“Cyborg” Brain Electrodes Could Help the Paralyzed Walk Again
We’re one step closer to bionic humans.
Brain-computer interfaces (BCI) are more advanced now than they’ve ever been, thanks mostly to research that has improved our understanding of how our brains works. BCIs make it possible for thoughts to be translated into machine commands. This has given hope to people suffering from neurodegenerative diseases or those that require the use of prosthetics.
Advanced as they are now, BCIs still mainly rely on implantable chips and electrodes that are placed on the brain’s surface to receive and transmit signals from brain chemicals known as neurotransmitters. Today’s state-of-the-art electrodes, made from thin-film platinum, are highly susceptible to corrosion over time. The Center for Sensorimotor Neural Engineering (CSNE) — a partnership between San Diego State University, the University of Washington (UW), and the Massachusetts Institute of Technology (MIT) — is working on research to significantly improve this technology. Their study is published in the journal Nature Scientific Reports.
Instead of using platinum, the researchers, led by CSNE deputy director Sam Kassegne, developed electrodes built from a form of carbon called “glassy carbon.” “Glassy carbon is much more promising for reading signals directly from neurotransmitters,” Kassegne told San Diego State University. “You get about twice as much signal-to-noise. It’s a much clearer signal and easier to interpret.” Furthermore, because it’s 10 times smoother than granular thin-film platinum, electrical stimulation corrodes glassy carbon more slowly. The material can also last longer than platinum or any other material used for electrodes.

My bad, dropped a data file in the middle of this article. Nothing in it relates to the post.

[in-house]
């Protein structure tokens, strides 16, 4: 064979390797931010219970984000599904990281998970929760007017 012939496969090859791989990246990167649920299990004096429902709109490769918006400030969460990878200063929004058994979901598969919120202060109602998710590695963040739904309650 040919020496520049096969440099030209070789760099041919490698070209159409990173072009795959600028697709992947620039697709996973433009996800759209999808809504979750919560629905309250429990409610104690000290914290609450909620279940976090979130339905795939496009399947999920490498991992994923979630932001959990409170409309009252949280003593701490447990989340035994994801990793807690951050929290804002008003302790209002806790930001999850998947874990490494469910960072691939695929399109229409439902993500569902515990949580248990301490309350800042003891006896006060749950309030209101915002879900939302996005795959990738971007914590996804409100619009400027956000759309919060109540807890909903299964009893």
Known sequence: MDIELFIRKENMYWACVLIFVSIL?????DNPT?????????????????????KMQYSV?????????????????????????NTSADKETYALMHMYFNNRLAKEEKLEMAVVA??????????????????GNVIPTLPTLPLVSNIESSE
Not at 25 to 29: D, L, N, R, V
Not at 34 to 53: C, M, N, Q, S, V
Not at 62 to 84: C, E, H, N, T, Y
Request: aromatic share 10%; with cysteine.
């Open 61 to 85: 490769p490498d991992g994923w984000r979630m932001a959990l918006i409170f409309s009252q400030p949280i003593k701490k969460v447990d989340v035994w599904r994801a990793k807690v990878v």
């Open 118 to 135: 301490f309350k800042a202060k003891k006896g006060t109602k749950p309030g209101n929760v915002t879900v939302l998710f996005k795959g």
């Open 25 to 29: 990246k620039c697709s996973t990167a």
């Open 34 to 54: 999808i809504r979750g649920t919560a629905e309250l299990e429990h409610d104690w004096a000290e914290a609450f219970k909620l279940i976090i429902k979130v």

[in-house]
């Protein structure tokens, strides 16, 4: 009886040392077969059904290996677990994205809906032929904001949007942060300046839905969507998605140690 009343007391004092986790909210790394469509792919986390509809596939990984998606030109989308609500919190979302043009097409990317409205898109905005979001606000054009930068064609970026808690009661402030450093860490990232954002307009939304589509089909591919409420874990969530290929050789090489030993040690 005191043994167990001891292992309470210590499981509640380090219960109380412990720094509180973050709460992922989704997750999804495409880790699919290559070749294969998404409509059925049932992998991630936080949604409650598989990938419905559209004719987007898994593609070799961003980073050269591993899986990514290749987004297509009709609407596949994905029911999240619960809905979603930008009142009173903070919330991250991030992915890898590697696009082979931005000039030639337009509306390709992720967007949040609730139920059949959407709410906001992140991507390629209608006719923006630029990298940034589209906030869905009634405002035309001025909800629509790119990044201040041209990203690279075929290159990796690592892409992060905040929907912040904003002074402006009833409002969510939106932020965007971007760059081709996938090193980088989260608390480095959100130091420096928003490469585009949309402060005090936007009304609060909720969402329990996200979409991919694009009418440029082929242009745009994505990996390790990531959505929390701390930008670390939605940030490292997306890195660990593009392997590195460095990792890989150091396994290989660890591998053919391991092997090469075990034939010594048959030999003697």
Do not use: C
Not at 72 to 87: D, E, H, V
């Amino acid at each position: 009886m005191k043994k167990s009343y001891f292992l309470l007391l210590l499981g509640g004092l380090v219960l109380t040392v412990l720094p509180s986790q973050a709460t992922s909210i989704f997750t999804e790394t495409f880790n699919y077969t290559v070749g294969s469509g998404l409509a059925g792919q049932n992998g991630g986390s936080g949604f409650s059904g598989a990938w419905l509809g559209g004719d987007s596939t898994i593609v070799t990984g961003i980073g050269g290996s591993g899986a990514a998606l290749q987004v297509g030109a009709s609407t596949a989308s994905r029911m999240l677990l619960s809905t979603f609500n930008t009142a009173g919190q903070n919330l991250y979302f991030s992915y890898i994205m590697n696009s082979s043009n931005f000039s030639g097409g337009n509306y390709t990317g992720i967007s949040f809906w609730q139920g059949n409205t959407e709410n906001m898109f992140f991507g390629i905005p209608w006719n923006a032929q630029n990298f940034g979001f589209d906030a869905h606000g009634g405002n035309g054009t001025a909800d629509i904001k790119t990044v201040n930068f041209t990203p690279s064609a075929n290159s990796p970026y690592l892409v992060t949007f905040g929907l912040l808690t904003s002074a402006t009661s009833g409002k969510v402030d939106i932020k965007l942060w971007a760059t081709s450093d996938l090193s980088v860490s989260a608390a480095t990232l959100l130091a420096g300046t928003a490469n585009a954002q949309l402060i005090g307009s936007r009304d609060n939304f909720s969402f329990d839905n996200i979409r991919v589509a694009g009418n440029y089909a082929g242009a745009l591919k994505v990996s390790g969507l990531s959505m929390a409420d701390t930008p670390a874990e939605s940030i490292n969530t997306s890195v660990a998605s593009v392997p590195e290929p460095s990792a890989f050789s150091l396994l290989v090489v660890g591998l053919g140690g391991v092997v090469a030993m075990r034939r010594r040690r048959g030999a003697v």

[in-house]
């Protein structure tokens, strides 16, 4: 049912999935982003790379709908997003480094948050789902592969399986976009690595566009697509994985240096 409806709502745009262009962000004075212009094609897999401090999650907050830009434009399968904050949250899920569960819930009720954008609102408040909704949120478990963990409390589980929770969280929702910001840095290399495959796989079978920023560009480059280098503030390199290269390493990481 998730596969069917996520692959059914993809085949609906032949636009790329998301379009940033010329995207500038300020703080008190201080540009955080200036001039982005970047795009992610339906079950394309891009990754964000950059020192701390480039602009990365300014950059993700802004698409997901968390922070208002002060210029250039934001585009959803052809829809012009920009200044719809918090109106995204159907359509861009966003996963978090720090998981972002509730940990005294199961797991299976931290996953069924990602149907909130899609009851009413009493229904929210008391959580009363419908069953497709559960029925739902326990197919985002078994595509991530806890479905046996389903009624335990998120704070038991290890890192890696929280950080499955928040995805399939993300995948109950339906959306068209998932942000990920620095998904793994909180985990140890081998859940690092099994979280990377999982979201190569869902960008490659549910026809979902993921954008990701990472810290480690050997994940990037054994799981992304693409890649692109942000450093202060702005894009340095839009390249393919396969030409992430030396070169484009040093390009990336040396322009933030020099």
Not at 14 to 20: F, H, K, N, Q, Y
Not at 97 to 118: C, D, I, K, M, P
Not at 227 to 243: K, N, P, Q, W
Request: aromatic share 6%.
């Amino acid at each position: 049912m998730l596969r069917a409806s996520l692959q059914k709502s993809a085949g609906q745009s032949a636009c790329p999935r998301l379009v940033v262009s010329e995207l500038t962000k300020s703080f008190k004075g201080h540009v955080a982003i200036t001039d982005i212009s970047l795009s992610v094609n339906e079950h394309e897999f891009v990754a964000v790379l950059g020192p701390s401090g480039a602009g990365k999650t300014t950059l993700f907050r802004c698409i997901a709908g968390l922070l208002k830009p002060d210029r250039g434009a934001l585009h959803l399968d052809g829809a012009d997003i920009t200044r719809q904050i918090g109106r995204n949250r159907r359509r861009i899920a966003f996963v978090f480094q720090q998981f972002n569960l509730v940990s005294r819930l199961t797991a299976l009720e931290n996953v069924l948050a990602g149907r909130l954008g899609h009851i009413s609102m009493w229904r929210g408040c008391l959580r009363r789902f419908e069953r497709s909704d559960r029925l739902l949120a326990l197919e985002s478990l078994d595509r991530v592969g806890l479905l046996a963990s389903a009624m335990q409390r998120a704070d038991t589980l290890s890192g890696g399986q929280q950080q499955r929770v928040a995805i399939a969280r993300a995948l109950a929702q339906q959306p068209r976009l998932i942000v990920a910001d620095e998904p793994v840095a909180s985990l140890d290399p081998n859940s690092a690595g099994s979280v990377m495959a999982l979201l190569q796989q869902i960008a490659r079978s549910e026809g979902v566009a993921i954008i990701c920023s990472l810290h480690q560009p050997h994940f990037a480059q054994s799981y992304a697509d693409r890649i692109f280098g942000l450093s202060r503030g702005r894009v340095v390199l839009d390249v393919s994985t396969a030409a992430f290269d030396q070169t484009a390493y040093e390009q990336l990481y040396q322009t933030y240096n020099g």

Neural Stimulation and Growth
The researchers think that glassy carbon can do much more than just improve brain signal transmission. They are also using the improved BCIs built using glassy carbon to record neural signals along the brain’s cortical surface and from inside the brain at the same time. “If you record from deeper in the brain, you can record from single neurons,” explained researcher Elisa Castagnola. “On the surface, you can record from clusters. This combination gives you a better understanding of the complex nature of brain signaling.”
Another potential application is even more promising. Mieko Hirabayashi, a student in Kassegne’s lab, is exploring the possibility of using glassy carbon technology to make neural cells in spinal cords grow to replace damaged tissues. Hirabayashi is experimenting with rats to test if this neural growth can be triggered by precisely calibrated electrical stimulation. Without the new glassy carbon electrodes, Hirabayashi wouldn’t be able to stimulate, read the electrical signals from, or even simply detect the neurotransmitters as easily.
With all the successes that existing BCI technologies have produced, it’s not difficult to imagine a future in which a true merging of human and machine is be possible. Improvements such as CSNE’s research bring this future closer to today’s reality.